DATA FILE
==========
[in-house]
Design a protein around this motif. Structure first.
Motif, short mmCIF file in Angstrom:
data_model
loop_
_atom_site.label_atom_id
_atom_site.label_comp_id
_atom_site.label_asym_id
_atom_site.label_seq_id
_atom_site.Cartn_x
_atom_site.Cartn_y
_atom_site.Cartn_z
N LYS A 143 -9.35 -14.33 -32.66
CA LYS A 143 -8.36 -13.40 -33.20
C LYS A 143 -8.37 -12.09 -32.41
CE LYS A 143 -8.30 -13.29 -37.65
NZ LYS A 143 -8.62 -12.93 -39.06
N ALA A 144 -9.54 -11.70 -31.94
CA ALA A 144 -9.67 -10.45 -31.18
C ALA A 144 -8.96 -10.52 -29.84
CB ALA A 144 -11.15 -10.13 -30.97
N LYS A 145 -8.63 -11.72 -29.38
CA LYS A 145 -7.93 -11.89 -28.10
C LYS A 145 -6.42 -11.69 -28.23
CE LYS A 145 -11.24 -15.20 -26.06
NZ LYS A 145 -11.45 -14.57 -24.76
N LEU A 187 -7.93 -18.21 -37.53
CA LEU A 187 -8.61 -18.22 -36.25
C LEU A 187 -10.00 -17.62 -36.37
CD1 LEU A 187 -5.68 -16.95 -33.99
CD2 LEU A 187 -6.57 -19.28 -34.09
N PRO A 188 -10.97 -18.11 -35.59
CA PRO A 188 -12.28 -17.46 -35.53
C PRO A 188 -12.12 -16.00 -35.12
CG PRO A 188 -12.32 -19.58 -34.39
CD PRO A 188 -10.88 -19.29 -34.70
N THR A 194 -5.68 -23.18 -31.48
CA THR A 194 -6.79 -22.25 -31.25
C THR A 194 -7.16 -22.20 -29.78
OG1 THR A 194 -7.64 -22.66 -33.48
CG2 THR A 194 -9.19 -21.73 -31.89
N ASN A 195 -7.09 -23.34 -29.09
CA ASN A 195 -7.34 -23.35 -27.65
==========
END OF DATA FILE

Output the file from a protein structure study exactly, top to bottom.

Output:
[in-house]
Design a protein around this motif. Structure first.
Motif, short mmCIF file in Angstrom:
data_model
loop_
_atom_site.label_atom_id
_atom_site.label_comp_id
_atom_site.label_asym_id
_atom_site.label_seq_id
_atom_site.Cartn_x
_atom_site.Cartn_y
_atom_site.Cartn_z
N LYS A 143 -9.35 -14.33 -32.66
CA LYS A 143 -8.36 -13.40 -33.20
C LYS A 143 -8.37 -12.09 -32.41
CE LYS A 143 -8.30 -13.29 -37.65
NZ LYS A 143 -8.62 -12.93 -39.06
N ALA A 144 -9.54 -11.70 -31.94
CA ALA A 144 -9.67 -10.45 -31.18
C ALA A 144 -8.96 -10.52 -29.84
CB ALA A 144 -11.15 -10.13 -30.97
N LYS A 145 -8.63 -11.72 -29.38
CA LYS A 145 -7.93 -11.89 -28.10
C LYS A 145 -6.42 -11.69 -28.23
CE LYS A 145 -11.24 -15.20 -26.06
NZ LYS A 145 -11.45 -14.57 -24.76
N LEU A 187 -7.93 -18.21 -37.53
CA LEU A 187 -8.61 -18.22 -36.25
C LEU A 187 -10.00 -17.62 -36.37
CD1 LEU A 187 -5.68 -16.95 -33.99
CD2 LEU A 187 -6.57 -19.28 -34.09
N PRO A 188 -10.97 -18.11 -35.59
CA PRO A 188 -12.28 -17.46 -35.53
C PRO A 188 -12.12 -16.00 -35.12
CG PRO A 188 -12.32 -19.58 -34.39
CD PRO A 188 -10.88 -19.29 -34.70
N THR A 194 -5.68 -23.18 -31.48
CA THR A 194 -6.79 -22.25 -31.25
C THR A 194 -7.16 -22.20 -29.78
OG1 THR A 194 -7.64 -22.66 -33.48
CG2 THR A 194 -9.19 -21.73 -31.89
N ASN A 195 -7.09 -23.34 -29.09
CA ASN A 195 -7.34 -23.35 -27.65